Bankruptcy Nos. 85 B 14953, 85 C 10586.
February 18, 1986.
Gregory K. Stern, Chicago, Ill., for debtor.
Susan Pierson DeWitt, U.S. trustee, Dean C. Harvalis, Asst. U.S. trustee, Chicago, Ill., for U.S. trustee.
This matter comes before the court on the motion of the debtor, Mandalay Shores Cooperative Housing Association (MSCHA), to withdraw the reference of its Chapter 11 proceeding from the bankruptcy court. For the following reasons, the motion will be denied.
MSCHA is a non-profit corporation organized to form a cooperative venture among the residents of an apartment complex in Clearwater Beach, Florida. MSCHA collected over $1 million from the residents, many of whom were elderly and retired. MSCHA was to use the money to acquire the complex from the Department of Housing and Urban Development (HUD), permitting the residents to control their living costs.
MSCHA's efforts to acquire the complex were in vain. MSCHA sued HUD without success in two separate lawsuits in federal court. Concurrently, some of the residents sued MSCHA for a return of their investments. MSCHA then filed a voluntary Chapter 11 petition in Tampa, Florida in April 1981. Over four years later, the bankruptcy judge dismissed the Chapter 11 proceeding because of the debtor's failure to propose a suitable plan.
After entry of the order dismissing the Florida proceeding and while a motion to reconsider was pending, MSCHA filed a voluntary Chapter 11 proceeding in this district. On December 19, 1985, Bankruptcy Judge Eisen dismissed the case with prejudice, finding that it was not filed in good faith as required by 11 U.S.C. § 1112(b). MSCHA then filed the motion for withdrawal of reference currently before this court.
District courts have exclusive jurisdiction over all bankruptcy cases and nonexclusive jurisdiction over civil matters arising in or related to bankruptcy cases. 28 U.S.C. § 1334. This jurisdiction is largely delegable, however, and the Northern District of Illinois has by general order referred all such cases to the bankruptcy court. The district court cannot, however, delegate its jurisdiction over disputes involving questions of both bankruptcy law and federal laws regulating either organizations or activities affecting interstate commerce. 28 U.S.C. § 157(d); R. Ginsberg, Bankruptcy ¶ 1124 (1985). The district court is directed to recall such disputes "on timely motion of a party." 28 U.S.C. § 157(d).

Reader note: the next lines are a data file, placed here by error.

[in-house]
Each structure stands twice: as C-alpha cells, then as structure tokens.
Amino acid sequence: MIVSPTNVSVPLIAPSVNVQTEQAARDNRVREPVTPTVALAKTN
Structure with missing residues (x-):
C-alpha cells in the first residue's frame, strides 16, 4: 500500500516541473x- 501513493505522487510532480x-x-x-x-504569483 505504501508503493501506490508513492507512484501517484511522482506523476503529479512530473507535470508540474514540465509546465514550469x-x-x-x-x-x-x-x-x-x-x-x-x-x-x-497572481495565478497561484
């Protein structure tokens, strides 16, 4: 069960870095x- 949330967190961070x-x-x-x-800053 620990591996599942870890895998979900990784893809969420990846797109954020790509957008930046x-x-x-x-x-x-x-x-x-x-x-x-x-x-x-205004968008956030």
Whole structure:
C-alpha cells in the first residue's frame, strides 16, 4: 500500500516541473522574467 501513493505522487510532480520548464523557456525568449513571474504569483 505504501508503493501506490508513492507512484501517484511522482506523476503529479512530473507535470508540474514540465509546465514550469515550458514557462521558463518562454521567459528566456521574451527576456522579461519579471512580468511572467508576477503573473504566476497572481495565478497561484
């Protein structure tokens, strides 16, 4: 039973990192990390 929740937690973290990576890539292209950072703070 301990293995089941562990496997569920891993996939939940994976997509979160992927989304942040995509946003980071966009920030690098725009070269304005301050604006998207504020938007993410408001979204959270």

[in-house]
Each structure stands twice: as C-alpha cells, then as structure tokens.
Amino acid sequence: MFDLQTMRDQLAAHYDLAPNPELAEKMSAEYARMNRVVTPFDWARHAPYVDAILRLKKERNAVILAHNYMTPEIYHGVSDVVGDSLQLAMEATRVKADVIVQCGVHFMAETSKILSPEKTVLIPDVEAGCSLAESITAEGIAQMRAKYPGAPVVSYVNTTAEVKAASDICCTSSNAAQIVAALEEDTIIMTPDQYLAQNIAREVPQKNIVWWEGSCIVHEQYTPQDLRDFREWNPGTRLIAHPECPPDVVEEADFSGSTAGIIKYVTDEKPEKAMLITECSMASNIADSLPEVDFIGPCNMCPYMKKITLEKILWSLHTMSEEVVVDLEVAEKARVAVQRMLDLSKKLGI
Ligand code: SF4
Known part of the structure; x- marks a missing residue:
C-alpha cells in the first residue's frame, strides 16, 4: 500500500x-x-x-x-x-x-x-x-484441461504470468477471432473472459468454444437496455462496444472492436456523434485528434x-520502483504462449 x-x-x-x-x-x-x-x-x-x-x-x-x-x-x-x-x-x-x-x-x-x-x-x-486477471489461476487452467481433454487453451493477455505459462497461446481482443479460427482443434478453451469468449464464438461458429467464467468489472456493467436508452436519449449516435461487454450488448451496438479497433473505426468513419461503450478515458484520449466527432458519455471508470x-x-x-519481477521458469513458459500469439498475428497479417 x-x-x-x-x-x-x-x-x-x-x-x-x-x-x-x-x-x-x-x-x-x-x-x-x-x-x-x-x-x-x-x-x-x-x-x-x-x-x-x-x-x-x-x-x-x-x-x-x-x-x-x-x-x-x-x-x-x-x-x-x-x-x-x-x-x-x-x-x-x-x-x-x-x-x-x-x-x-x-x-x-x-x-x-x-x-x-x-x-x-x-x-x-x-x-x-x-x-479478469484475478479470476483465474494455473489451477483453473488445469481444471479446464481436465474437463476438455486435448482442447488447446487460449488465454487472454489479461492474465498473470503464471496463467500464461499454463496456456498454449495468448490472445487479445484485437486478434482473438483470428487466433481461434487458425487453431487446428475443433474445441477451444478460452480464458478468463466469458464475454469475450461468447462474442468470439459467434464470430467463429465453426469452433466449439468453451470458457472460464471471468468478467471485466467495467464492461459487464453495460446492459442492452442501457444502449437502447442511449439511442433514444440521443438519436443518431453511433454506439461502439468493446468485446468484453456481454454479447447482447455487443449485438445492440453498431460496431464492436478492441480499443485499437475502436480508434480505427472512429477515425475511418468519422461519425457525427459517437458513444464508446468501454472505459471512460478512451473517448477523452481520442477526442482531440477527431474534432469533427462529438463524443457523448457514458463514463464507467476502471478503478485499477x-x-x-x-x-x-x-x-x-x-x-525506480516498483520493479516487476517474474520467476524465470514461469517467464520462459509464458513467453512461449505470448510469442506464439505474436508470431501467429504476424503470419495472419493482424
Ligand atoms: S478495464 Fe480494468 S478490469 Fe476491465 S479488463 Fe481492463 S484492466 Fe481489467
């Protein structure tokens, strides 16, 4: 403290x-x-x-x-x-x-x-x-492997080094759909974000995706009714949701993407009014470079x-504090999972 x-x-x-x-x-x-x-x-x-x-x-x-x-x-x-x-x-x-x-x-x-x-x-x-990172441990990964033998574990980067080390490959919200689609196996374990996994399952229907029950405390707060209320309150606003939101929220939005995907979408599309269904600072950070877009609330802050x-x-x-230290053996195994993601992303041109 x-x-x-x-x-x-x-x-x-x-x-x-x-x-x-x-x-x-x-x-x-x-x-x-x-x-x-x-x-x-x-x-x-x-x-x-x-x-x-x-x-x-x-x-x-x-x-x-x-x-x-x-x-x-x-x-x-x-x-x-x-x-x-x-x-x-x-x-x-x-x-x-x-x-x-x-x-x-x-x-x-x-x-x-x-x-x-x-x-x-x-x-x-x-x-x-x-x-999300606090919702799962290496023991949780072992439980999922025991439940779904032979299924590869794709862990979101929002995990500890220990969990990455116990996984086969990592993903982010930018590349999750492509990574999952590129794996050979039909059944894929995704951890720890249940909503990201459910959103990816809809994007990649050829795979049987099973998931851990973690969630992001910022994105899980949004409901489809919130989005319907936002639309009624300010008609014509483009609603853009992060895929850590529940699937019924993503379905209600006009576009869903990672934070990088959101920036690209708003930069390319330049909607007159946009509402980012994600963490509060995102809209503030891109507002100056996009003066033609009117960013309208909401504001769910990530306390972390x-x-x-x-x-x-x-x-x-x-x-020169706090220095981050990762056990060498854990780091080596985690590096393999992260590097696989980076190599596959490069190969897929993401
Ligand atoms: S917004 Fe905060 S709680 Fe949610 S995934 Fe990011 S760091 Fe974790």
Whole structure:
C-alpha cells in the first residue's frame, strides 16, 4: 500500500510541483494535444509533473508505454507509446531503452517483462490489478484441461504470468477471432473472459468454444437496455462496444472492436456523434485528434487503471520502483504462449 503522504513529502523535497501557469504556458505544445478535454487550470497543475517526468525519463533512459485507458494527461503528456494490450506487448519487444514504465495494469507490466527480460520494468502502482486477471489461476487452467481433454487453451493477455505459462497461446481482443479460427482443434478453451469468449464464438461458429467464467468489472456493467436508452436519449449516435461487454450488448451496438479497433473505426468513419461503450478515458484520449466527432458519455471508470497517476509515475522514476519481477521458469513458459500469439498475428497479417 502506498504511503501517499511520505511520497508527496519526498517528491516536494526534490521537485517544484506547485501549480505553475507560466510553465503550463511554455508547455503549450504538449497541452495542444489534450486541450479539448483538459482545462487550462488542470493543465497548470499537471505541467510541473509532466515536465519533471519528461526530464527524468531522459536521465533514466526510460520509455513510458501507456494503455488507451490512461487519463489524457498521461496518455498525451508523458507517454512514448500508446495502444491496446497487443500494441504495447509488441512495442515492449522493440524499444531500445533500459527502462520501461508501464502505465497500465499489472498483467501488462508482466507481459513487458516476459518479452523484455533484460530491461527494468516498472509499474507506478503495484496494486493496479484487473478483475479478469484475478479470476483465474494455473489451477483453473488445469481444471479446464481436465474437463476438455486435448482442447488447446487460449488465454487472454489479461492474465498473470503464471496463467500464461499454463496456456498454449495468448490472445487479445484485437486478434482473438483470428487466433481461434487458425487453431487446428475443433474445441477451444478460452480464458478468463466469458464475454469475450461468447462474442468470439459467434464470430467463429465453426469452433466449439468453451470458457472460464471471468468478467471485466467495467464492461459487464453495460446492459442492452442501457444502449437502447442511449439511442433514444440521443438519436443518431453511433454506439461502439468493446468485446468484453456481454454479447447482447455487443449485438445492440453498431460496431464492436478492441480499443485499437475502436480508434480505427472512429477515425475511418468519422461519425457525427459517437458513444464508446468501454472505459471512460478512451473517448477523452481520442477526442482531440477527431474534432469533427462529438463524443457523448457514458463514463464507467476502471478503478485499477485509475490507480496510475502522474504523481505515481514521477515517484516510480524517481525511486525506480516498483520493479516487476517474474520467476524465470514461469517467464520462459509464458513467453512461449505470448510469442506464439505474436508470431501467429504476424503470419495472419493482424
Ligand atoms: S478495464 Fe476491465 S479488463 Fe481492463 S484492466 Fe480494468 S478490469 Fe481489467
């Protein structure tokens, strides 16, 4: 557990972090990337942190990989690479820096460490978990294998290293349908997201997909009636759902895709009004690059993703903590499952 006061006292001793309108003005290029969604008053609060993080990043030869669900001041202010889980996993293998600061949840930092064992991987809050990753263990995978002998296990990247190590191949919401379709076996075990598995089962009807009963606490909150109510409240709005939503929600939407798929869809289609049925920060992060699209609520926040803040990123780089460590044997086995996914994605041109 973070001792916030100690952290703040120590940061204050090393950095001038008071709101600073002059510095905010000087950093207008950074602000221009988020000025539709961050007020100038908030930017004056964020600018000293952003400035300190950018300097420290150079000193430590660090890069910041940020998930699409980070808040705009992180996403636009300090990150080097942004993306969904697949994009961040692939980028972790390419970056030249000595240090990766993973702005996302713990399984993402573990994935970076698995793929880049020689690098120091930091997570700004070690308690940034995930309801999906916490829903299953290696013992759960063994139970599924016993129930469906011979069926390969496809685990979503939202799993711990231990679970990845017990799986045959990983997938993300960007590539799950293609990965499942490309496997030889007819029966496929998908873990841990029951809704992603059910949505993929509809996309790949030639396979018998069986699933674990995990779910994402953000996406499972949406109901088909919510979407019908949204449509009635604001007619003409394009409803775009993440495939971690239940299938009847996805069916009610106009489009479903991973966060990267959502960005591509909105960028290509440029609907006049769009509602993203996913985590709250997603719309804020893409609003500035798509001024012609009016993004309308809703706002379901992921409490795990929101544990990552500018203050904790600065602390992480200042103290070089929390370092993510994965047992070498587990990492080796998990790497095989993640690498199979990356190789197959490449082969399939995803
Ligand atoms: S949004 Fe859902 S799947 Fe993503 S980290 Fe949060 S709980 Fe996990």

MSCHA contends that its Chapter 11 proceeding must be withdrawn because the Internal Revenue Code, the Employee Retirement Income Security Act, and the Securities and Exchange Act will have a material impact on the outcome of the litigation. MSCHA's motion is a poorly disguised attempt to avoid the effect of two orders of dismissal and must be denied for several reasons.
First, the motion was not filed in a timely fashion. Although the Bankruptcy Code does not specify when a motion to withdraw reference must be filed, common sense dictates that it must precede dismissal of the bankruptcy proceedings.
Second, MSCHA raises numerous alleged procedural defects, such as improper notice and failure to comply with local rules pertaining to pro hac vice appearances. These alleged mistakes do not constitute grounds for withdrawal of reference.
Third, the court is not persuaded that withdrawal of this case is mandated by the Bankruptcy Code. This case consists of little more than a sum of money and the determination of claims of various parties to receive their pro rata share. Although federal tax and securities laws may be tangentially related to these determinations, resolution of these issues does not require consideration of both bankruptcy laws and other federal laws regulating organizations affecting interstate commerce. Therefore, MSCHA's motion to withdraw reference of this case from the bankruptcy court is denied.